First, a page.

Then when I went to college I ended up writing my thesis about racial conflict in China, between Chinese and African students who were like guest students of the government. I couldn’t understand why there was this conflict because there was no historical co-existence of the two ethnic groups in the same place, and they didn’t have our history of slavery and the tumult that came from that. I was just trying to understand racism in a broad sense and also in a local sense. I wrote my thesis about racial prejudice and then I did a documentary about anti-Semitism, so that was about religious prejudice.
The thing that’s always gotten to me is the other-isation of people, where one group or one person can look at another and see them as less than human, less deserving of human rights and kindness and empathy.
How did you get involved with Amnesty International?
In 2003 they asked me to be their Stop Violence Against Women campaign spokesperson and under the canopy of prejudice against women I discovered human trafficking. At the time I was also very active on Darfur and I did a lot of activism on that, to sadly very little avail; it seemed that no-one really cared about that genocide even though after Rwanda everyone said ‘Never again’. They said that Rwanda happened so quickly that no-one was able to mobilize and respond to it, but in fact the Darfur genocide took place over years and hundreds of thousands of people died between the time I started working on it.
Then I was asked to be a goodwill ambassador for the UN but on human trafficking exclusively. It felt like a hard call for me because it felt I’d have to put more of my energies into modern day slavery, which was true, but I did feel that with the UN appointment I could perhaps make a difference. I now work in the sphere of modern day slavery, which is an incredibly worthy cause. To me it’s the ultimate expression of that lack of empathy and lack of humanity.
On a massively more trivial note, is there any truth to rumours of a Romy & Michelle sequel?
It’s fine to ask that. We all need comedy in our lives, heaven knows. I’d love it to happen but it’s not up to me. My support is there and I’d love to do it.
Are there any other characters you’d like to revisit?
Linda Ash from Mighty Aphrodite would be fun to catch up with. She’s a hairdresser married to a fireman and I’m sure she’d manage to get herself into some kind of trouble. She’s just not the cleverest person. She’s good-hearted but she could make mistakes that would lead to very funny stuff.
I think television is the brave new frontier of artistic expression. For a fraction of the budget of a big movie – which makes you wonder why movies cost so much – you can do really daring things on television and you have somewhat of a built-in audience and you have somewhat of a built-in return on your investment because you have advertisers. It’s sort of paid-for already whereas films have to go out there and compete, plus so many things are predicated on past successes whereas in television it seems the marching orders are: ‘What hasn’t been done yet? What’s new and different for viewers? What would really grab their attention?’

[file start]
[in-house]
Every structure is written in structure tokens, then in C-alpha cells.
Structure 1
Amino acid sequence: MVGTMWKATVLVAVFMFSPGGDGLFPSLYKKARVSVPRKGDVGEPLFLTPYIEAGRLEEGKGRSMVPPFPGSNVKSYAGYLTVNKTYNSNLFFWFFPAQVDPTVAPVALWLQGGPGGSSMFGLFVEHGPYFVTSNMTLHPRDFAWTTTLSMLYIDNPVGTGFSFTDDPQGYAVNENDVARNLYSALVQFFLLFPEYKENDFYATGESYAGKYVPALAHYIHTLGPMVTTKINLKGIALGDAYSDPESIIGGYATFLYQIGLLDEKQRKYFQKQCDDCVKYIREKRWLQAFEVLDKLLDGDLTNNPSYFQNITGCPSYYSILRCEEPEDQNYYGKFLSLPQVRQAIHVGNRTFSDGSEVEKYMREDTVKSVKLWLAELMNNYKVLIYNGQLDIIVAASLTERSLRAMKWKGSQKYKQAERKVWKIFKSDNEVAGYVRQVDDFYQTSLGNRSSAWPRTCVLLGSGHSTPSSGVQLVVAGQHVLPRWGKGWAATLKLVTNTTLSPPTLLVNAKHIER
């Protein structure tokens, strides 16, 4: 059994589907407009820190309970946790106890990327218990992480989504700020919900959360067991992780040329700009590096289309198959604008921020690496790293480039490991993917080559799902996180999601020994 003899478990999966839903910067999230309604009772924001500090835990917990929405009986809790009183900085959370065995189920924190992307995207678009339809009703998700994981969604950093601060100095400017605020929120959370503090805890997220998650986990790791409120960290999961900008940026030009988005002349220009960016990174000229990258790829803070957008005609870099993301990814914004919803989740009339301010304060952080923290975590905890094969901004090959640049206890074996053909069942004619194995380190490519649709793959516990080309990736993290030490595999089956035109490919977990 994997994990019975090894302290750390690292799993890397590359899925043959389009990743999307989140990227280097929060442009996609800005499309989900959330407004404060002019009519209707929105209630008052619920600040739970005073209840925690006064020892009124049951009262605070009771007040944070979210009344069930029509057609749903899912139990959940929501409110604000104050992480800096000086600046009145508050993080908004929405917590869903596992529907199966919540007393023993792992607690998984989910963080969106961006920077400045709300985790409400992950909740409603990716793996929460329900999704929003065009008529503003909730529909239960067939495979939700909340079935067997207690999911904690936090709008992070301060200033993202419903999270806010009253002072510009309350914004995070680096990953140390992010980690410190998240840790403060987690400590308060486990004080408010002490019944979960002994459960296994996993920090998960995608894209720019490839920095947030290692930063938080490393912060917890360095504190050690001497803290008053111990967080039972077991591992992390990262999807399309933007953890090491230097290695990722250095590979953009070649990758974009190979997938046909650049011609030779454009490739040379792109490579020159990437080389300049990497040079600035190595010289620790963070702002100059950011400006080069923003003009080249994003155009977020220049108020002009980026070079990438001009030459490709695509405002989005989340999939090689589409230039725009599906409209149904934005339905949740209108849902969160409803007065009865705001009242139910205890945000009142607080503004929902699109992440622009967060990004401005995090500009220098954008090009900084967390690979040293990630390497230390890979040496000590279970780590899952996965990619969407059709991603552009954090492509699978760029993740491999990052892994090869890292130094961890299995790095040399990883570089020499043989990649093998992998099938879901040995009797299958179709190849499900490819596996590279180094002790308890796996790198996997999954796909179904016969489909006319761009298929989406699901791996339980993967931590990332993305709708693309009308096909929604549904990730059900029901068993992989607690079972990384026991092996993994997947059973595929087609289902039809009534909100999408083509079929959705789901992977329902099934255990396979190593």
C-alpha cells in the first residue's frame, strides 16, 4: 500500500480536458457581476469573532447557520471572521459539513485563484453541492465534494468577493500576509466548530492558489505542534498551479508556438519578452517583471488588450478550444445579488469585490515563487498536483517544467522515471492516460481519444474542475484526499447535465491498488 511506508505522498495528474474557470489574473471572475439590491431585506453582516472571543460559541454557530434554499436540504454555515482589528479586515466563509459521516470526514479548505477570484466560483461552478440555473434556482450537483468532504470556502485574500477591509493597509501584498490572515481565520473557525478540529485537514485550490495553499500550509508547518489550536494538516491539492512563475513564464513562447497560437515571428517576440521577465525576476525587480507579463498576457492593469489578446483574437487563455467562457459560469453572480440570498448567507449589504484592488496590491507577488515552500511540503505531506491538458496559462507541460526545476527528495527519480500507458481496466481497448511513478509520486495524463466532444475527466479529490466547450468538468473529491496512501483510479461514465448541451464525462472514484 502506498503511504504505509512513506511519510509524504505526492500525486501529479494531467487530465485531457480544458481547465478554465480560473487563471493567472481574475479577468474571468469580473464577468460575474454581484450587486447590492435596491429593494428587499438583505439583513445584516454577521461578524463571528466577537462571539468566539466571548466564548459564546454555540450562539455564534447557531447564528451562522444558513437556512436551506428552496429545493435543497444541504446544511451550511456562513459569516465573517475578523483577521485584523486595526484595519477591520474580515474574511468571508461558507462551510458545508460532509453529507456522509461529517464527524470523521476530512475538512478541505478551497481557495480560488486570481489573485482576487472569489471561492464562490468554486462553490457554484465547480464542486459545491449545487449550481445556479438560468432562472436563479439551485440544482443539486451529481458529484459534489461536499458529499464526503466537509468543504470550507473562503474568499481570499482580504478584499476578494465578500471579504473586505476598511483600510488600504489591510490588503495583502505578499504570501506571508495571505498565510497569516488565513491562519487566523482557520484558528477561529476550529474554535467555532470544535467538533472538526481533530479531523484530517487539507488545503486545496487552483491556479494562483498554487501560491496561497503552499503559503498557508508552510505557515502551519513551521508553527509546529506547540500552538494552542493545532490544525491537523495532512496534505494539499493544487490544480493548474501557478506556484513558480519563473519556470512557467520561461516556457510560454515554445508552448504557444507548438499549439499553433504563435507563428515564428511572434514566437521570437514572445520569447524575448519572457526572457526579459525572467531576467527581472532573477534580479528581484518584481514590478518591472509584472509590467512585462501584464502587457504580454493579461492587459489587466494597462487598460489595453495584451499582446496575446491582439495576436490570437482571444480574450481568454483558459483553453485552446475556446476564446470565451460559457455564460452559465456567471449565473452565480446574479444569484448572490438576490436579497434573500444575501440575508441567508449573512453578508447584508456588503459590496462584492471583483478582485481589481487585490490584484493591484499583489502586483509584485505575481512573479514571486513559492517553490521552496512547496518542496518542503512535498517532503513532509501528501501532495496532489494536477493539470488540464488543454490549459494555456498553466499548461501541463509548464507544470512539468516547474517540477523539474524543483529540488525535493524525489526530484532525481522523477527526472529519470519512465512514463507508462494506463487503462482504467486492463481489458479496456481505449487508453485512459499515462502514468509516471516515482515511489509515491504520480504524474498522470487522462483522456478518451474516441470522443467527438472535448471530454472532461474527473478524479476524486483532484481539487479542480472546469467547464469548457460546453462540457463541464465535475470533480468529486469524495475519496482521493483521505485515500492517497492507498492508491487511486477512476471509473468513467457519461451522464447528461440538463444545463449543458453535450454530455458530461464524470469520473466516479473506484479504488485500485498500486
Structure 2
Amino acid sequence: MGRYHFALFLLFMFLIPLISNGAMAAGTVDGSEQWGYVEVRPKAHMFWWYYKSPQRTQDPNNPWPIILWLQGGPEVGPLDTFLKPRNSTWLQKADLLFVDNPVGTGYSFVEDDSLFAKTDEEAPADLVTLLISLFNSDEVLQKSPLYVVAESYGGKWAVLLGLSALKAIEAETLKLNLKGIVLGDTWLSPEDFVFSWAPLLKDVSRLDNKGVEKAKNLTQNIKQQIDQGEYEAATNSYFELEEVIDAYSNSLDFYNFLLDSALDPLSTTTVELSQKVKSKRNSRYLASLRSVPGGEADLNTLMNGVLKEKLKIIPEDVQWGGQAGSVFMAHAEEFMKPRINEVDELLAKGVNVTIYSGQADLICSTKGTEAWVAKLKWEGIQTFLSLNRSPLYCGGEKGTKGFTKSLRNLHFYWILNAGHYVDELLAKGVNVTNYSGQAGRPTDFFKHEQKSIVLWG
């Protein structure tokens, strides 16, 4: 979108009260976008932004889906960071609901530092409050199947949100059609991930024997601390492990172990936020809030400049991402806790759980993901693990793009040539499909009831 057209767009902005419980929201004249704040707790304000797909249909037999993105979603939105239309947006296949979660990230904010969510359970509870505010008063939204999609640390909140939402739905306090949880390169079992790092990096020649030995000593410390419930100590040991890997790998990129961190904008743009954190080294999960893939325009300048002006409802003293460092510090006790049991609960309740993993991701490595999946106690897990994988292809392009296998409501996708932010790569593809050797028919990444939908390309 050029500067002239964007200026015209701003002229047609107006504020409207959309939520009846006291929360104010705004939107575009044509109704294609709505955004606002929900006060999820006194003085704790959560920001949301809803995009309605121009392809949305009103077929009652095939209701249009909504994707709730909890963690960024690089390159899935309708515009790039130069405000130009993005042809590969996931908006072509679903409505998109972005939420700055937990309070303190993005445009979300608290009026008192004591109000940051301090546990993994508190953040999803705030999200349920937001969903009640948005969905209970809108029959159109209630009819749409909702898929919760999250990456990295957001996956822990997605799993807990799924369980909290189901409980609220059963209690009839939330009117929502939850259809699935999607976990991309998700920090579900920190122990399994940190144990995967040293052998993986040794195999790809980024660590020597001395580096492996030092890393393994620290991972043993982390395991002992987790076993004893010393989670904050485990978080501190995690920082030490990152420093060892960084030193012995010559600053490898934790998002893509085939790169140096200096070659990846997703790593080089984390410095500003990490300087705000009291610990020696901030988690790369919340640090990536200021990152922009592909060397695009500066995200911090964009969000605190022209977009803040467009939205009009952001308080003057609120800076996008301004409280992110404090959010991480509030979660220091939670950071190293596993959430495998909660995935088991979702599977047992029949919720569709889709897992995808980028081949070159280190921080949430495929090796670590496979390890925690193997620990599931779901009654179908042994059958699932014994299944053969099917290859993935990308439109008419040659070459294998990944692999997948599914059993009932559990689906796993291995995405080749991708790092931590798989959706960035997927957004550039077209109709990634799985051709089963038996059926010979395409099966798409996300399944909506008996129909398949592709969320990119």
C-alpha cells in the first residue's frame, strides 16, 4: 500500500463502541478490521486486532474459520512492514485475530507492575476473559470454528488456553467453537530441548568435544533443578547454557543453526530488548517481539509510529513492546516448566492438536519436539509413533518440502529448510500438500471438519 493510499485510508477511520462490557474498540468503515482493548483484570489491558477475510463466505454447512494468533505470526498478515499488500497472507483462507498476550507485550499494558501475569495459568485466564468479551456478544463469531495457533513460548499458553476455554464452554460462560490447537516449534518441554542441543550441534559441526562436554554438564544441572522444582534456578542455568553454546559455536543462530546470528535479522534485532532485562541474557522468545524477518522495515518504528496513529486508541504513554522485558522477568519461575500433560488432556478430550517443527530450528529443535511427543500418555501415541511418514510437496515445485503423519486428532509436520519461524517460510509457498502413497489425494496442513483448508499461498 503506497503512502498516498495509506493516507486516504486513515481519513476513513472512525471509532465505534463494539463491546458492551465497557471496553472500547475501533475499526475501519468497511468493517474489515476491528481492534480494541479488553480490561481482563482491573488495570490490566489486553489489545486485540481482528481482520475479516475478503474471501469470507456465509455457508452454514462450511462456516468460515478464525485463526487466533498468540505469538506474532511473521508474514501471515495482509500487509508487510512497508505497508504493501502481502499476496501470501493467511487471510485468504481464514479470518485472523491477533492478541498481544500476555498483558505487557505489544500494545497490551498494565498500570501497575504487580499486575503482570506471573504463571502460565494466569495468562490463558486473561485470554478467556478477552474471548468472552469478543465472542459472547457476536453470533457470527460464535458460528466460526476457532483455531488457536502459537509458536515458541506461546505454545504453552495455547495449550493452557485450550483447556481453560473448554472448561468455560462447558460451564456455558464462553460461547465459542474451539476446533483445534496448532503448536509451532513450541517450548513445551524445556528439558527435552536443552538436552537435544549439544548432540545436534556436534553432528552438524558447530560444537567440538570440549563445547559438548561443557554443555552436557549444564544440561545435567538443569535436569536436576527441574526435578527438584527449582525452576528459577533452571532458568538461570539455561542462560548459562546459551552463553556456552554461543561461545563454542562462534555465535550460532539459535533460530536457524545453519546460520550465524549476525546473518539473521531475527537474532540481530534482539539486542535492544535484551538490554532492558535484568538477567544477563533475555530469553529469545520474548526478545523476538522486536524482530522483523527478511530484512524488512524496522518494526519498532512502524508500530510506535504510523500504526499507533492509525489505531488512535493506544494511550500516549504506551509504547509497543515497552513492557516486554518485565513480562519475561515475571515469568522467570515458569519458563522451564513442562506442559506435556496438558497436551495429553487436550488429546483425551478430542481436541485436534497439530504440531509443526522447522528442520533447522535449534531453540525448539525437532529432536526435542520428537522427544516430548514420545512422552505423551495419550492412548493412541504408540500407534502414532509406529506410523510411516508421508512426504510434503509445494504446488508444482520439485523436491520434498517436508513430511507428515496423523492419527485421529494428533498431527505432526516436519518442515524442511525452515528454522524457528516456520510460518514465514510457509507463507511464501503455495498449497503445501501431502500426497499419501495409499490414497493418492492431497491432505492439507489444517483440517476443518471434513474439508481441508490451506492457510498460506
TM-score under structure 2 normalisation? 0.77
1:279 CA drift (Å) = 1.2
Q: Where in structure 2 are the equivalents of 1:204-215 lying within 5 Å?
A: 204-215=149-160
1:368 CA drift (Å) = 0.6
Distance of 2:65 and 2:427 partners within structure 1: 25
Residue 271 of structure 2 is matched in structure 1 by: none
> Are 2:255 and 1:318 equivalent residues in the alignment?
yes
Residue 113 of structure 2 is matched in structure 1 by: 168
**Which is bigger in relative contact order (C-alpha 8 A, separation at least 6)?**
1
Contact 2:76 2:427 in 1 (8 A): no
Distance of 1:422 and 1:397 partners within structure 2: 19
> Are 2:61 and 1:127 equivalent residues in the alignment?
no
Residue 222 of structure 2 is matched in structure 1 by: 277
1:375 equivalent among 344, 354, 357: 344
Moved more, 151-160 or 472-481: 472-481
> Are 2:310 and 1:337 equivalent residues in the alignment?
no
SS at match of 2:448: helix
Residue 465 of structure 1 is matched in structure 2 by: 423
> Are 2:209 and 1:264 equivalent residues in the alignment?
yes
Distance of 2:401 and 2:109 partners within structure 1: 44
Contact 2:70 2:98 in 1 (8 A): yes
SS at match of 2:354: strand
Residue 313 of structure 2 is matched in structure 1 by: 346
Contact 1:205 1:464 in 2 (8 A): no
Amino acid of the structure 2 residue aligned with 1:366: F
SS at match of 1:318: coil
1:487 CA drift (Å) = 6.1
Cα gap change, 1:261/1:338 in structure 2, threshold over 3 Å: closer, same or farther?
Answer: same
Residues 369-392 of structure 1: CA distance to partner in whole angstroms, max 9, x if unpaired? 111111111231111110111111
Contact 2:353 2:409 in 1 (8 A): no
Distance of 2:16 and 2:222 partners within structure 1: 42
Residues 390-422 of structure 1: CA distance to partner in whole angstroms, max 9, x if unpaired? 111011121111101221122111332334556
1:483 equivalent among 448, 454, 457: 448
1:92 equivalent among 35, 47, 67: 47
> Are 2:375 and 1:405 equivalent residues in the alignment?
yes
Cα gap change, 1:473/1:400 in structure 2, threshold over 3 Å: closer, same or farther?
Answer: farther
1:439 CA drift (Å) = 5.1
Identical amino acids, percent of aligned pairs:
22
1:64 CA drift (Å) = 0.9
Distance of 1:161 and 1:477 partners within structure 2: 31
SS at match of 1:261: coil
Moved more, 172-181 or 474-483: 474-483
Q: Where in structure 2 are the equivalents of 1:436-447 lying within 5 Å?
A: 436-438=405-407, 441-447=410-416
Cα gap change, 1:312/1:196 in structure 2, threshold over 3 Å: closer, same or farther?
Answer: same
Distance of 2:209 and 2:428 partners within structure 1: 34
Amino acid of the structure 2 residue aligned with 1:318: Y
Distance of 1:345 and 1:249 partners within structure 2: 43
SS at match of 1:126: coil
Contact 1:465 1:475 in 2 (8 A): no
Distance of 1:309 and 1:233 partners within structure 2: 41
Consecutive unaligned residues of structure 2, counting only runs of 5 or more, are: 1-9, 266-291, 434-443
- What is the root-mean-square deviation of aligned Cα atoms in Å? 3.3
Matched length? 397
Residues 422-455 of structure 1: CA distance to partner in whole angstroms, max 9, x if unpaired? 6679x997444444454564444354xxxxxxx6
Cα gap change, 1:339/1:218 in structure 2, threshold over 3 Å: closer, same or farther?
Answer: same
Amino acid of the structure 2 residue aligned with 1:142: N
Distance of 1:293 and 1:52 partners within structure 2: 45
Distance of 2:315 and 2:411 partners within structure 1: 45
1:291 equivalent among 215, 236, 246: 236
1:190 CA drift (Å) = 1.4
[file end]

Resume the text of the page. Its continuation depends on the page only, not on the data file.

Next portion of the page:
I think Intruders is really original. It’s a thriller but it’s paranormal, it’s not horror but it has a horror style to it, it’s very violent but it doesn’t dwell on the violence – you know that horrible stuff is happening but you see it briefly, then you move on – but it’s intended to scare you the way a Hitchcock or Stephen King movie should scare you. But it’s also something more. In the beginning it’s very chilling and stylish and mysterious, but as you go into it and your questions start getting answered – and they will all be answered by the end of the first season – you really get drawn into the characters’ lives and you start feeling for them and caring about their fates. It has a supernatural setting but it’s about relationships and the things that tear us apart and bring us together.
It’s really a delight because on film you generally have 90 minutes or two hours to tell a story and that’s it, unless it’s part of a franchise. Intruders is the perfect length because it’s an eight-part series and there’s no fat. The stories don’t run out of steam and it builds to a very powerful conclusion, but you do get to explore the depth and breadth of your character in a way you can’t do in film.
Intruders lends itself to binge-watching on DVD and Blu-ray. Is that something you do yourself?
I am definitely a binge-watcher. It’s like a way to get your fix. If you like a show you can get more and more of it right away.
What are your own TV favourites?
I was really crazy about True Detective. I also loved Deadwood. I’m enjoying Orange Is The New Black, and Arrested Development is pretty hilarious.
Intruders is out on DVD and Blu-ray in the UK and US, and is available from the BBC Shop